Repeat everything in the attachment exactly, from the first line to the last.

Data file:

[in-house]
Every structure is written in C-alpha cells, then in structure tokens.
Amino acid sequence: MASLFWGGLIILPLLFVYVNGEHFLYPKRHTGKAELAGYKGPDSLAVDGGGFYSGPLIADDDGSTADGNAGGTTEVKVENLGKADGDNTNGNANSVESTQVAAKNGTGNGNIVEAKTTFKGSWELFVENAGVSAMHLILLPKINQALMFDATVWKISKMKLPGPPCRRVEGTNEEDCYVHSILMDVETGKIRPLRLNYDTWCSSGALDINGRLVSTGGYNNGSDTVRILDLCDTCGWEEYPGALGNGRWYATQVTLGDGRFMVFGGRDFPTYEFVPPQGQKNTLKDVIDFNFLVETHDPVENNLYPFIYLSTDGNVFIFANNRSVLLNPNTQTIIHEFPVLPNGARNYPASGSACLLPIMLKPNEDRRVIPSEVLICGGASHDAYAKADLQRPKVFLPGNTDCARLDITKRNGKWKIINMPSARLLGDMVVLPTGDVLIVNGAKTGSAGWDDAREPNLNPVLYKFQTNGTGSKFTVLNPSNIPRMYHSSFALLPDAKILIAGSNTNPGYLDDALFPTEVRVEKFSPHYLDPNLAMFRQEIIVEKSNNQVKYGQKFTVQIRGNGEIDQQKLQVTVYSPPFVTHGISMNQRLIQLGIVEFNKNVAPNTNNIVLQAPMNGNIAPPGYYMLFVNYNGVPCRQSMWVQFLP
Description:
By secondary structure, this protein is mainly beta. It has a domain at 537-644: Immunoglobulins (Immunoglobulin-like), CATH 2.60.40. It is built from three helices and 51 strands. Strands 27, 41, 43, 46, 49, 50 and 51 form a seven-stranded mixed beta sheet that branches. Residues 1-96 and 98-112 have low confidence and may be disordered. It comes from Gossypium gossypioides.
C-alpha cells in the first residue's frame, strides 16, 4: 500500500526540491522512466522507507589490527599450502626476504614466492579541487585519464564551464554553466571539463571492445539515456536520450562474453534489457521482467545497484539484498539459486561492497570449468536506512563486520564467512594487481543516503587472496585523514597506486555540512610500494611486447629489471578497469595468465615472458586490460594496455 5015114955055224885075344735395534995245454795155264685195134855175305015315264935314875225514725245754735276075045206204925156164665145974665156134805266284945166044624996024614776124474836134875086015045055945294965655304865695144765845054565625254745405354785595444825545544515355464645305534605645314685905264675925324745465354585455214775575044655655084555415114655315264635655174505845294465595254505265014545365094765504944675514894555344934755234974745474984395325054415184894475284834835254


[in-house]
Every structure is written in C-alpha cells, then in structure tokens.
Amino acid sequence: MASLFWGGLIILPLLFVYVNGEHFLYPKRHTGKAELAGYKGPDSLAVDGGGFYSGPLIADDDGSTADGNAGGTTEVKVENLGKADGDNTNGNANSVESTQVAAKNGTGNGNIVEAKTTFKGSWELFVENAGVSAMHLILLPKINQALMFDATVWKISKMKLPGPPCRRVEGTNEEDCYVHSILMDVETGKIRPLRLNYDTWCSSGALDINGRLVSTGGYNNGSDTVRILDLCDTCGWEEYPGALGNGRWYATQVTLGDGRFMVFGGRDFPTYEFVPPQGQKNTLKDVIDFNFLVETHDPVENNLYPFIYLSTDGNVFIFANNRSVLLNPNTQTIIHEFPVLPNGARNYPASGSACLLPIMLKPNEDRRVIPSEVLICGGASHDAYAKADLQRPKVFLPGNTDCARLDITKRNGKWKIINMPSARLLGDMVVLPTGDVLIVNGAKTGSAGWDDAREPNLNPVLYKFQTNGTGSKFTVLNPSNIPRMYHSSFALLPDAKILIAGSNTNPGYLDDALFPTEVRVEKFSPHYLDPNLAMFRQEIIVEKSNNQVKYGQKFTVQIRGNGEIDQQKLQVTVYSPPFVTHGISMNQRLIQLGIVEFNKNVAPNTNNIVLQAPMNGNIAPPGYYMLFVNYNGVPCRQSMWVQFLP
Description:
By secondary structure, this protein is mainly beta. It has a domain at 537-644: Immunoglobulins (Immunoglobulin-like), CATH 2.60.40. It is built from three helices and 51 strands. Strands 27, 41, 43, 46, 49, 50 and 51 form a seven-stranded mixed beta sheet that branches. Residues 1-96 and 98-112 have low confidence and may be disordered. It comes from Gossypium gossypioides.
C-alpha cells in the first residue's frame, strides 16, 4: 500500500526540491522512466522507507589490527599450502626476504614466492579541487585519464564551464554553466571539463571492445539515456536520450562474453534489457521482467545497484539484498539459486561492497570449468536506512563486520564467512594487481543516503587472496585523514597506486555540512610500494611486447629489471578497469595468465615472458586490460594496455 5015114955055224885075344735395534995245454795155264685195134855175305015315264935314875225514725245754735276075045206204925156164665145974665156134805266284945166044624996024614776124474836134875086015045055945294965655304865695144765845054565625254745405354785595444825545544515355464645305534605645314685905264675925324745465354585455214775575044655655084555415114655315264635655174505845294465595254505265014545365094765504944675514894555344934755234974745474984395325054415184894475284834835254